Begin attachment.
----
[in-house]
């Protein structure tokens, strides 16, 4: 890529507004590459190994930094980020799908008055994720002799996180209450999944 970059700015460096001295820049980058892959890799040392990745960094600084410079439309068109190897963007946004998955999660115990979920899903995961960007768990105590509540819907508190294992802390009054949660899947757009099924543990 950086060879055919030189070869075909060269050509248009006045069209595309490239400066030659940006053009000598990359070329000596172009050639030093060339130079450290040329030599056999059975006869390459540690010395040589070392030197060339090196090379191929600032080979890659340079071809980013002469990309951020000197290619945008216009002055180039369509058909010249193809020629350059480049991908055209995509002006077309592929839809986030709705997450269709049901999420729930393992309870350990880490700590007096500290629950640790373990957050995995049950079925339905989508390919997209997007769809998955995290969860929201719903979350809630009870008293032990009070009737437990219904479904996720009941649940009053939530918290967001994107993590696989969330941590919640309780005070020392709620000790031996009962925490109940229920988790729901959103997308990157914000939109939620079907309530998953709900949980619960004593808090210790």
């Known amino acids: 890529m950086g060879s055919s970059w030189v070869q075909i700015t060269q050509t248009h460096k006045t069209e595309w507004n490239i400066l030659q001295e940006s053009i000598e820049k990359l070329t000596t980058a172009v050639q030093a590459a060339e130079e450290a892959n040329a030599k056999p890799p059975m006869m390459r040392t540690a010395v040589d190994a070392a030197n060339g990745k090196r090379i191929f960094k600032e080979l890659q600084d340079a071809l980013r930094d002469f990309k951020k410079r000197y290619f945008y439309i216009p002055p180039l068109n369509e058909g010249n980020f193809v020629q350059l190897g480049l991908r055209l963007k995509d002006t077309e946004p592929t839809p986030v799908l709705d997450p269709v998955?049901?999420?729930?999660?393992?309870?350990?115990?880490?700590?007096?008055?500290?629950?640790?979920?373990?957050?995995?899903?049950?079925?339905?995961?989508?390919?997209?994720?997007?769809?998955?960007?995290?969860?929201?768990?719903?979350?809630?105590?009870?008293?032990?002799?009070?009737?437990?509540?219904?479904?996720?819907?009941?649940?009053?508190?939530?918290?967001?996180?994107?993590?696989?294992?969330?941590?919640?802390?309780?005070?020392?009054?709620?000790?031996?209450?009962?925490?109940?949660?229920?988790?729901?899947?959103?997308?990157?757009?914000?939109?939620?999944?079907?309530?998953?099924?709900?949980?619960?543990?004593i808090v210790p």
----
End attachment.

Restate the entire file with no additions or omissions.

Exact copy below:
[in-house]
């Protein structure tokens, strides 16, 4: 890529507004590459190994930094980020799908008055994720002799996180209450999944 970059700015460096001295820049980058892959890799040392990745960094600084410079439309068109190897963007946004998955999660115990979920899903995961960007768990105590509540819907508190294992802390009054949660899947757009099924543990 950086060879055919030189070869075909060269050509248009006045069209595309490239400066030659940006053009000598990359070329000596172009050639030093060339130079450290040329030599056999059975006869390459540690010395040589070392030197060339090196090379191929600032080979890659340079071809980013002469990309951020000197290619945008216009002055180039369509058909010249193809020629350059480049991908055209995509002006077309592929839809986030709705997450269709049901999420729930393992309870350990880490700590007096500290629950640790373990957050995995049950079925339905989508390919997209997007769809998955995290969860929201719903979350809630009870008293032990009070009737437990219904479904996720009941649940009053939530918290967001994107993590696989969330941590919640309780005070020392709620000790031996009962925490109940229920988790729901959103997308990157914000939109939620079907309530998953709900949980619960004593808090210790």
């Known amino acids: 890529m950086g060879s055919s970059w030189v070869q075909i700015t060269q050509t248009h460096k006045t069209e595309w507004n490239i400066l030659q001295e940006s053009i000598e820049k990359l070329t000596t980058a172009v050639q030093a590459a060339e130079e450290a892959n040329a030599k056999p890799p059975m006869m390459r040392t540690a010395v040589d190994a070392a030197n060339g990745k090196r090379i191929f960094k600032e080979l890659q600084d340079a071809l980013r930094d002469f990309k951020k410079r000197y290619f945008y439309i216009p002055p180039l068109n369509e058909g010249n980020f193809v020629q350059l190897g480049l991908r055209l963007k995509d002006t077309e946004p592929t839809p986030v799908l709705d997450p269709v998955?049901?999420?729930?999660?393992?309870?350990?115990?880490?700590?007096?008055?500290?629950?640790?979920?373990?957050?995995?899903?049950?079925?339905?995961?989508?390919?997209?994720?997007?769809?998955?960007?995290?969860?929201?768990?719903?979350?809630?105590?009870?008293?032990?002799?009070?009737?437990?509540?219904?479904?996720?819907?009941?649940?009053?508190?939530?918290?967001?996180?994107?993590?696989?294992?969330?941590?919640?802390?309780?005070?020392?009054?709620?000790?031996?209450?009962?925490?109940?949660?229920?988790?729901?899947?959103?997308?990157?757009?914000?939109?939620?999944?079907?309530?998953?099924?709900?949980?619960?543990?004593i808090v210790p």